Global peptide partnership
LOUISVILLE, Ky.—Peptides International and Peptisyntha have entered into a global partnership for the production of research-grade peptide active pharmaceutical ingredients (APIs). Customers will benefit from access to the combined research and manufacturing expertise of the two companies, as well as seamless transition from research level through commercial manufacturing, saving customers time and cost from peptide candidate screening through preclinical and clinical development. The collaboration will be facilitated by a technology transfer internal agreement.
Peptides International can produce 36 peptides in a four-to-five day period, depending on length and sequence, running its automated small-scale synthesizer around the clock.
“This makes us competitive with Asian outfits,” says PI President and Chief Operating Officer Dr. Michael Pennington.
In addition, Pennington notes, the company has custom peptide synthesis expertise across a wide range of technologies, from multi-disulfide peptides to multistep organic synthesis. PI also offers an extensive portfolio of building blocks and other peptide synthesis tools, and its activities have recently been certified to ISO 9001:2008 standards.
With 25 years of experience in peptide manufacturing, Peptisyntha, a wholly owned company of Solvay, provides a seamless portfolio of expertise from lead optimization to commercial cGMP manufacturing. Peptisyntha has developed and demonstrated expertise in the design of cost-effective peptide manufacturing processes and in the cGMP production of clinical and commercial peptide APIs. Its facilities have had numerous successful U.S. Food and Drug Administration and European Medicines Agency inspections and offer a full range of solid-phase (SPPS), liquid-phase (LPPS) and hybrid synthesis capabilities. With GMP manufacturing facilities in the United States and Belgium, Peptisyntha supports all manufacturing technologies (SPPS, LPPS and hybrid approaches) at all scales.
One reason for heightened interest in peptide chemistry is the challenge posed by the problem of drug delivery through the cell membrane in order to treat and manage diseases and conditions as diverse as HIV and constipation. The discovery of cell-penetrating peptides (CPPs) represented a major breakthrough for the transport of large-cargo molecules that may be useful in clinical applications. CPPs are able to translocate over membranes and gain access to the cell interior, delivering large-cargo molecules, such as oligonucleotides, into cells.
Pennington cites a number of sulfide-bearing peptides, many of which are derived from venom. Fuzeon (Enfuvirtide injection) is a 39-residue peptide used in combination with other drugs to treat HIV infection in people who have not responded well enough to other antiviral medications. Enfuvirtide is in a class of medications called HIV fusion inhibitors. It works by stopping HIV from infecting healthy cells.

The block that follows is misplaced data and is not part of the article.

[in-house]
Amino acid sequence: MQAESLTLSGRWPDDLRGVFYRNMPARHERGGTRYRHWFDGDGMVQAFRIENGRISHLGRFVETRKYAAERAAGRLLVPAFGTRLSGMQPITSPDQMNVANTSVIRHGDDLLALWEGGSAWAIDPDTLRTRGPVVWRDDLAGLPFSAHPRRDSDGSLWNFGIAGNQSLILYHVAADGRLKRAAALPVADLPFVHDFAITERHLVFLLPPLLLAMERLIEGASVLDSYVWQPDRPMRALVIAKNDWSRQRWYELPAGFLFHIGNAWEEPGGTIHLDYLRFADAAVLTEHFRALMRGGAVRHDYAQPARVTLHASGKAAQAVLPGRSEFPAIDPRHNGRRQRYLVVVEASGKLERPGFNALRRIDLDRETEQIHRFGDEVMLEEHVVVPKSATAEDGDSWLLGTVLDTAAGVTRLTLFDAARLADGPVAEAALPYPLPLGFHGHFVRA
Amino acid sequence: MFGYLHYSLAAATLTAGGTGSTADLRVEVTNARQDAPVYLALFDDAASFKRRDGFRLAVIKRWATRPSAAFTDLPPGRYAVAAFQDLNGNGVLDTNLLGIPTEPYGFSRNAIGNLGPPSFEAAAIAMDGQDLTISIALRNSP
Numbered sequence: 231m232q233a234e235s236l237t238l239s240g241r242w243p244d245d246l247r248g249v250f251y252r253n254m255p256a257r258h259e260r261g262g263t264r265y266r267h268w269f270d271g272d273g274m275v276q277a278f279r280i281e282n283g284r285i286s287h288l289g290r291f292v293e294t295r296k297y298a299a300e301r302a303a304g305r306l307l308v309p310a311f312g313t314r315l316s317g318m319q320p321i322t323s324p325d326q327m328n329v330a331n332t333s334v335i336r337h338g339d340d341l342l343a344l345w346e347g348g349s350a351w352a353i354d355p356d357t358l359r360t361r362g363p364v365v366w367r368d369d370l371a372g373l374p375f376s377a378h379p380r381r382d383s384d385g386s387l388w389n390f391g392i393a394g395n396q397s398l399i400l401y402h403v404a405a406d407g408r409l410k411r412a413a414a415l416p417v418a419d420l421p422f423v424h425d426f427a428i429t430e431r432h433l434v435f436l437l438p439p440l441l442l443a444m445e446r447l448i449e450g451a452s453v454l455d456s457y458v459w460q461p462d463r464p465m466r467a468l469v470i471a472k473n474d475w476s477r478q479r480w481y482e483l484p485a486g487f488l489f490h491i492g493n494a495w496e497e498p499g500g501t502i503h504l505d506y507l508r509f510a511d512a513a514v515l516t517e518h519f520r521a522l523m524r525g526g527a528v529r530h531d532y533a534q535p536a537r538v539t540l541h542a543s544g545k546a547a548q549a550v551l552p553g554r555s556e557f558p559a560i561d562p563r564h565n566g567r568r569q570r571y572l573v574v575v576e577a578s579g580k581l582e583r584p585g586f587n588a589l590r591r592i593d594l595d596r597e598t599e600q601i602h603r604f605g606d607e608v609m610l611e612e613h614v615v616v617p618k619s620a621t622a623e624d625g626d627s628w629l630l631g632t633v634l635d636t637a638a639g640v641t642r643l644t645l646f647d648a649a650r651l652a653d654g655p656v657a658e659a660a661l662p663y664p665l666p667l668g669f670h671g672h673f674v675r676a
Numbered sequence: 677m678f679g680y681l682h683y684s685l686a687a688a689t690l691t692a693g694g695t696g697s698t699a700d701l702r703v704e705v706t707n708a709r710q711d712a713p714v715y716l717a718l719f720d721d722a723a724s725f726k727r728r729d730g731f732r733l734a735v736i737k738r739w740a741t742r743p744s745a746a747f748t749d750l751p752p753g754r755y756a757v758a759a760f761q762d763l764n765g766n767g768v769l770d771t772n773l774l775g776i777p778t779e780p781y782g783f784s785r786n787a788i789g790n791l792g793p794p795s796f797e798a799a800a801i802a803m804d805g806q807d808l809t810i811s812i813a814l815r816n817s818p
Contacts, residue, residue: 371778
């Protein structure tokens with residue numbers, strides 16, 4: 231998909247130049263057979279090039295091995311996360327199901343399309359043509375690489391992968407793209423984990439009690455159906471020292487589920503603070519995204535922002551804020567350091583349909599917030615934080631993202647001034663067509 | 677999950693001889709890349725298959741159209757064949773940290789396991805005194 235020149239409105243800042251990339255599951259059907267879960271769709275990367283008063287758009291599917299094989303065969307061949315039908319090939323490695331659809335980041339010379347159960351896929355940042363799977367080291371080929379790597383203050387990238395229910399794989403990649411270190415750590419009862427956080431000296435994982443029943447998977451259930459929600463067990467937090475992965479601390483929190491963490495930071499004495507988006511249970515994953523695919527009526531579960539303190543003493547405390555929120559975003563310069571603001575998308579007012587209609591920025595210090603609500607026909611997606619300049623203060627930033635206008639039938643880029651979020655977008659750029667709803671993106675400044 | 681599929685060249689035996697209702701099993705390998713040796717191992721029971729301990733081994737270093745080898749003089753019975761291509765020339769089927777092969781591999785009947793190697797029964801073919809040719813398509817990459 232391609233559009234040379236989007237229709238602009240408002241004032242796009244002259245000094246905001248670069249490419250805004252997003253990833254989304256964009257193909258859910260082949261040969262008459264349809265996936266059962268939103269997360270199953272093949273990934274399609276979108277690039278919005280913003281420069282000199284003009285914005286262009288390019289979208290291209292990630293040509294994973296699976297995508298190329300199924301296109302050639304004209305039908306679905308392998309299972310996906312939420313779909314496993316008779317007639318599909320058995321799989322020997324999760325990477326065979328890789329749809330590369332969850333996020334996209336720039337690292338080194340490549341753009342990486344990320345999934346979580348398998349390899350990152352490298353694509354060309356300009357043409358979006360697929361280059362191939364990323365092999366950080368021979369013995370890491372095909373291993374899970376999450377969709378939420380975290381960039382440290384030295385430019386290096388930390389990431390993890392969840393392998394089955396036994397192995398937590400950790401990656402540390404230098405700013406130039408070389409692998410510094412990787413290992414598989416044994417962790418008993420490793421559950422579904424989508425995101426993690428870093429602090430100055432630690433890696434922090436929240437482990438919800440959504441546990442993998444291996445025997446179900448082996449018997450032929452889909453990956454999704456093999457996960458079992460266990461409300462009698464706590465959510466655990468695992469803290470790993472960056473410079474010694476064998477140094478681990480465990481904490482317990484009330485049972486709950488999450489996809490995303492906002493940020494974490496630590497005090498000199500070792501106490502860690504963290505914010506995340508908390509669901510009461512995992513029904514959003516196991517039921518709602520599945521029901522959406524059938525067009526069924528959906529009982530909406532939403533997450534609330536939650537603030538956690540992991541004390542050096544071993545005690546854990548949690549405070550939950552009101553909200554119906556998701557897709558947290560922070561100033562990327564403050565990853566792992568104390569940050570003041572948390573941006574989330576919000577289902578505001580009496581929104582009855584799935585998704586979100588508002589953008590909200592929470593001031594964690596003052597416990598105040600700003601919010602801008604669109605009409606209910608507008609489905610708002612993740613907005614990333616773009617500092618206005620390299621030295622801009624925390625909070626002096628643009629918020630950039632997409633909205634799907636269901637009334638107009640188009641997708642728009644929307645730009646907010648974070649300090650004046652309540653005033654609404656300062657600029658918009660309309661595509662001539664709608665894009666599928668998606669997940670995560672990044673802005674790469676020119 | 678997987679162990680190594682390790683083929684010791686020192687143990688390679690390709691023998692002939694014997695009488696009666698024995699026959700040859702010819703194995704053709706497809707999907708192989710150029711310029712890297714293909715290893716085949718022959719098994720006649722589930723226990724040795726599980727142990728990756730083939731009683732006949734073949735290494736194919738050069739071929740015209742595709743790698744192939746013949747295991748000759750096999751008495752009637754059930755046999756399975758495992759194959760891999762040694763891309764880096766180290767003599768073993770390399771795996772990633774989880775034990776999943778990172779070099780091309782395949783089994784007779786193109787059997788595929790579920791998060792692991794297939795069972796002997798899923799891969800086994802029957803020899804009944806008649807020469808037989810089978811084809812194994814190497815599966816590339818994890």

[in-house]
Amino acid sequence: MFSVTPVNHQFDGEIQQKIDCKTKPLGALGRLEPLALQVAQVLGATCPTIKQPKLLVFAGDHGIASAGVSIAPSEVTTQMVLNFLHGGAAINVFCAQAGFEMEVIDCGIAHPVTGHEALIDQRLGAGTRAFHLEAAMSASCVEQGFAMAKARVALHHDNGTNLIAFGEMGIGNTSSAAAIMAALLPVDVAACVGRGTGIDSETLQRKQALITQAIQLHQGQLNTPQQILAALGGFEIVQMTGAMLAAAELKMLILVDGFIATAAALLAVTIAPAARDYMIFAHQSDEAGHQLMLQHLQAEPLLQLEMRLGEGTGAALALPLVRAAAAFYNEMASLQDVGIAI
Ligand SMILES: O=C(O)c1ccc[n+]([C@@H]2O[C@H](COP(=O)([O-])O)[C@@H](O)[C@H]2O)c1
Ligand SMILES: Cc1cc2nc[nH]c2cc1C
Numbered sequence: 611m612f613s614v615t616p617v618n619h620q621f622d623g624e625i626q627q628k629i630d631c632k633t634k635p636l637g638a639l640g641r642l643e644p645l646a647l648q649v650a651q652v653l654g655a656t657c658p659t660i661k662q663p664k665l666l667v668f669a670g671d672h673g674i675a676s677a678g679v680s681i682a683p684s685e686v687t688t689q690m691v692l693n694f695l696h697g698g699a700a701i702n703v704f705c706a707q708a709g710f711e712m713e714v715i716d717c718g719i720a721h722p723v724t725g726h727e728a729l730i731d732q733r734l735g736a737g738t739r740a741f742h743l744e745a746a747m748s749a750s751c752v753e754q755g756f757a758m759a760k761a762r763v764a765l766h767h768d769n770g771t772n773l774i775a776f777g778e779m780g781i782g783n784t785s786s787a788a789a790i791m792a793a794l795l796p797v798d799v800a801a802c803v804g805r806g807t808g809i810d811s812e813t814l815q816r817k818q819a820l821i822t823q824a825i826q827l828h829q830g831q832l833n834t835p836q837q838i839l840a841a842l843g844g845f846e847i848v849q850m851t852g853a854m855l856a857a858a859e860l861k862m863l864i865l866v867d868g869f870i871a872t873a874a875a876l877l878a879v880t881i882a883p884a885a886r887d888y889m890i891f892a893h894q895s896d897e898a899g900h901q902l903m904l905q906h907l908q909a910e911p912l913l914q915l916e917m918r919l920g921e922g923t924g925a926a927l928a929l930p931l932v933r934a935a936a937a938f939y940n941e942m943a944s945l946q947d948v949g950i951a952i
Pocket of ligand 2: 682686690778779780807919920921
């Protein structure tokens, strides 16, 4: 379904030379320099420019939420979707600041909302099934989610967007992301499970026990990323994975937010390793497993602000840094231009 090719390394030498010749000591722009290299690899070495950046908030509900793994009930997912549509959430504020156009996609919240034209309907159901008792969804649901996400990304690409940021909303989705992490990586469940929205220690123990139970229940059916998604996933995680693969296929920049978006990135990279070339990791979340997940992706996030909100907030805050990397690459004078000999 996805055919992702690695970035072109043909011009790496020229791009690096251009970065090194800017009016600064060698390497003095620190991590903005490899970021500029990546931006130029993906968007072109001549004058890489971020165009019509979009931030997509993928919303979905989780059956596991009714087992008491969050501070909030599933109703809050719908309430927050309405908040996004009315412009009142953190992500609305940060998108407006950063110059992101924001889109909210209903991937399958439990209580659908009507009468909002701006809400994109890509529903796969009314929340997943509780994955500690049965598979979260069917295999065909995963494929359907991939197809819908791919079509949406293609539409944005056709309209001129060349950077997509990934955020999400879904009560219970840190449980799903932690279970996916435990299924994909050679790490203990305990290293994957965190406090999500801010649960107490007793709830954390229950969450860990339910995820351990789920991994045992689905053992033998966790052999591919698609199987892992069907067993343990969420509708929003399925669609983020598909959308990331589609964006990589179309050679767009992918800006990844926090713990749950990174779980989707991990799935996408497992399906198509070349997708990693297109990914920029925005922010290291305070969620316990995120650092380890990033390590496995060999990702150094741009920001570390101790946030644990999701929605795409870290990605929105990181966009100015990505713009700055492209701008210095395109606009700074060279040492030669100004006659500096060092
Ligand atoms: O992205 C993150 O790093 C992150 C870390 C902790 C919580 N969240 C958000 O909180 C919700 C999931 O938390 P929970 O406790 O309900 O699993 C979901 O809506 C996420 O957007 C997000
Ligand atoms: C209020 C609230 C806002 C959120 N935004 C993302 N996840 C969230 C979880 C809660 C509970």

Because chemotherapy has unwanted side effects and kills healthy tissue around the tumor, researchers have long been interested in developing alternative forms of therapy. The aim of targeted therapies, as the name implies, is to target cancerous cells while leaving surrounding cells unaffected.
One type of targeted therapy that looks promising against glioblastoma is based on the venom of the yellow Israeli scorpion, Leiurus quinquestriatus. The venom is among the most toxic of all scorpion venoms; it contains histamine, enzymes, enzyme inhibitors and the potent neurotoxins chlorotoxin and charbydotoxin, which specifically target low-conductance glioma-chloride chloride channels (GCC) and high-conductance calcium-gated potassium channels, respectively.
Byetta is derived from gila monster venom, Pennington notes, and is approved to treat type 2 diabetes, both by itself and in combination with certain oral diabetes medications. Byetta comes in an injection form and works by increasing insulin production after meals and decreasing the amount of sugar produced by the liver. As a result, Byetta can help lower blood sugar levels, which can decrease the risks of developing long-term problems associated with diabetes, including heart disease.
Finally, Linaclotide is a 15-residue peptide with three disulfide units that can be given orally to relieve constipation, while SHK is a potassium channel blocker derived from sea anemone toxin that is entering clinical trials for multiple sclerosis and is a candidate for preventing transplant rejection and in the treatment of other autoimmune diseases.